I’ve been out of town since Saturday, with no internet access. Thank goodness for tiny islands on the gulf coast of Florida. Unfortunately, I’m still sick, and I’m exhausted, so I’m going to have to hold off on posts that actually require work. Just to give you some previews, I’m working on some posts related to the negation stuff I talked about a while back, a post on conspiracy theories, some stuff on implicit and benevolent sexism, and, if I ever get around to actually putting the argument together, a fairly technical one in which I claim that metaphors don’t exist (well, not quite, just that metaphors are not a natural kind, and that treating them as such, at least implicitly, is the cause of much confusion). In lieu of this interesting stuff (interesting to me, at least), I’m just going to write a book review and some thoughts on atheism. Yawn, I know.
The book review is of Natalie Angier’s The Canon: A Whirligig Tour of the Beautiful Basics of Science. Now, I’ve read a lot of science books, some of them good, some of them bad. And some of those in the bad category have been very poorly written (I’m thinking of you, Steven Weinberg), but Angier’s is by far the worst.
Recently, as blogs have become more legitimate and mainstream, a few of my favorite blog authors, whose writing I’ve enjoyed on their blogs, have made the jump to magazine articles and even books, where their writing suddenly looked forced and stale. All of the things that made them good blog writers became annoying very quickly in extended articles and multiple chapters. I wonder if the same thing has happened with The Canon. While I haven’t read any of Angier’s newspaper articles, I’ve been assured by people who have that she’s a good writer. But in The Canon, she puts a joke, pun, silly metaphor, or witty pop culture reference into pretty much every other sentence, and the alliteration is constant and forced. I mean constant… and forced. I know she’s trying to make science interesting and fun, and in newspaper articles, constant punning may work, but after about 100 pages of it, I almost threw the book away. No, really, I almost threw it into the trash can next to my desk. I just couldn’t handle it anymore. And even if I could have stomached it, the style was detracting from the content of the book that I was having trouble following along.
To see what I’m talking about, take a look at her chapter titles and, ugh, subtitles:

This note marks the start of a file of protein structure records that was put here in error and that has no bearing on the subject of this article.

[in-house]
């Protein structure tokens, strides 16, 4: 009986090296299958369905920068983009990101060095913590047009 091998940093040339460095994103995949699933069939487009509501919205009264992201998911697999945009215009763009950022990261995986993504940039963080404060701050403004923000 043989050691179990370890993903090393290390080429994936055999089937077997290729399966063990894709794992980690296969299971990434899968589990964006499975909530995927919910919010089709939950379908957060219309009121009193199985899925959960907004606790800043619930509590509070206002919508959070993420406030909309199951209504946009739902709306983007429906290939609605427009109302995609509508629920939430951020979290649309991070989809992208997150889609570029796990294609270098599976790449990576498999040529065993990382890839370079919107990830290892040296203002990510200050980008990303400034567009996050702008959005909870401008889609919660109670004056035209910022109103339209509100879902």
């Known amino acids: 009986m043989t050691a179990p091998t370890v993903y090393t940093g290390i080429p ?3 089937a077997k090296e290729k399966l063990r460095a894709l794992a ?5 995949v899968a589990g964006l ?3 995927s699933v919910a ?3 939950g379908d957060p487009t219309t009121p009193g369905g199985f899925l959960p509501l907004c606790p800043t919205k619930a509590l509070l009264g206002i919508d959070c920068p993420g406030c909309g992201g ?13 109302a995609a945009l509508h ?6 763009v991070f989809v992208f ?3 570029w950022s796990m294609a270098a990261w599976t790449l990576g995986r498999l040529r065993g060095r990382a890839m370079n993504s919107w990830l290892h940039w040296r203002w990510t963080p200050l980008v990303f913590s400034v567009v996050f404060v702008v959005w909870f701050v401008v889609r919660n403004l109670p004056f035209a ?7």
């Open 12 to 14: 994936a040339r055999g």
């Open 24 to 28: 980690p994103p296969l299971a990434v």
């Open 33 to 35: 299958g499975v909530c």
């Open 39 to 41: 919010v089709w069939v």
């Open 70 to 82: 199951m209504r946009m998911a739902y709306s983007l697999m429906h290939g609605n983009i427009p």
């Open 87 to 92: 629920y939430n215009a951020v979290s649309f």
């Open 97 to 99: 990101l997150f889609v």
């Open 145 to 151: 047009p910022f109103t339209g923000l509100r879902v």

- Thinking Scientifically: An Out-of-Body Experience
- Probabilities: For Whom the Bell Curves
- Calibration: Playing with Scales
- Physics: And Nothing’s Plenty for Me
- Chemistry: Fire, Ice, Spies, and Life
- Evolutionary Biology: The Theory of Every Body
- Molecular Biology: Cells and Whistles
- Geology: Imagining World Pieces
- Astronomy: Heavenly Creatures
“Imagining World Pieces?” Are you kidding me?
Imagine things like that in virtually every paragraph. I wish I was being hyperbolic. It’s a shame, too, because the premise of the book is really interesting. Disturbed by not only the level of scientific illiteracy in our country, but also by the fact that science is seen as boring and difficult, Angier interviewed a couple hundred scientists, who generally think science is anything but boring, even if it’s difficult. She asked them to describe the ideas in their fields that they felt it was most important for people to understand, and proceeds to explain them in a way, she hopes, that will make them seem fun and exciting. But her apparently deep-seeded need to be overly clever and funny ruins it, almost completely. I say almost because she does report the ideas scientists gave her, and if you skim the book just to compile a list of these, you can get something out of it. After that, if you really want to know a bit about those ideas, you can google them.
There’s something else that bugs me about the book. As she notes in the first couple chapters, science has a public image problem. It is often presented to the public, by scientists and their spokespeople (like science journalists) as the final word on just about everything. Do this, because science says so. That can’t be true, because science says so. X and Y are definitely different, because science says so. Science is often presented as giving the final answers on things, and scientists, all to often, talk as though they have the final answers. But of course, that’s not the way science works. And this is made painfully apparent when science suddenly discovers that you shouldn’t do that, or that this can’t be true, or that X and Y aren’t in fact different. People are left with contradictory impressions: science is the ultimate source of truth about the world, and science is not just inherently fallible, but based on the notion that it never has the ultimate truth about the world.